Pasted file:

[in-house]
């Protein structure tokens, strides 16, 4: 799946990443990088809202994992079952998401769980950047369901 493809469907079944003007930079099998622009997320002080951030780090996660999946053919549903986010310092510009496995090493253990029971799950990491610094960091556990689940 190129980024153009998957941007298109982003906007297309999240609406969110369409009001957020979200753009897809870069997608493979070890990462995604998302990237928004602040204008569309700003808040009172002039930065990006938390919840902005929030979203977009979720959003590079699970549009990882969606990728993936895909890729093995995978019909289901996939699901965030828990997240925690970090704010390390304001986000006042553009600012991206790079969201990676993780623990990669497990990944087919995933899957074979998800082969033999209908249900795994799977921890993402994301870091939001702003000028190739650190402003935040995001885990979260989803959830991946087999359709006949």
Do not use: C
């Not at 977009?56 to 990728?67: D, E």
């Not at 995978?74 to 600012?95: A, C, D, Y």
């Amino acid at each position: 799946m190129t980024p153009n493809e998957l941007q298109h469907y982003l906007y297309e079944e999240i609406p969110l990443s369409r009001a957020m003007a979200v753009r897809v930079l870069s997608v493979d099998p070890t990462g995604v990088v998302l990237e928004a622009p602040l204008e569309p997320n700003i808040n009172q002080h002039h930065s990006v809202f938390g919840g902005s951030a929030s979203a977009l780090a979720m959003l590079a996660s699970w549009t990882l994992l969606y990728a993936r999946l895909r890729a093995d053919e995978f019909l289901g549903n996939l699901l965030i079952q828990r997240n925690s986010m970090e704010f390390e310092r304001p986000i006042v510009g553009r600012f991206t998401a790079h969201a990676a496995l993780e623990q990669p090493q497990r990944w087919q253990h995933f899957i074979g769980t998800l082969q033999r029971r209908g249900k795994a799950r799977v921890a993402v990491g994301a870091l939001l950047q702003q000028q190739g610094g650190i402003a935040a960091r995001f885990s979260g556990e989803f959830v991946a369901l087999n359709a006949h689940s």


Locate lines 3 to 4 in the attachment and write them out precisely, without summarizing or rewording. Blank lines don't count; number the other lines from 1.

Do not use: C
């Not at 977009?56 to 990728?67: D, E």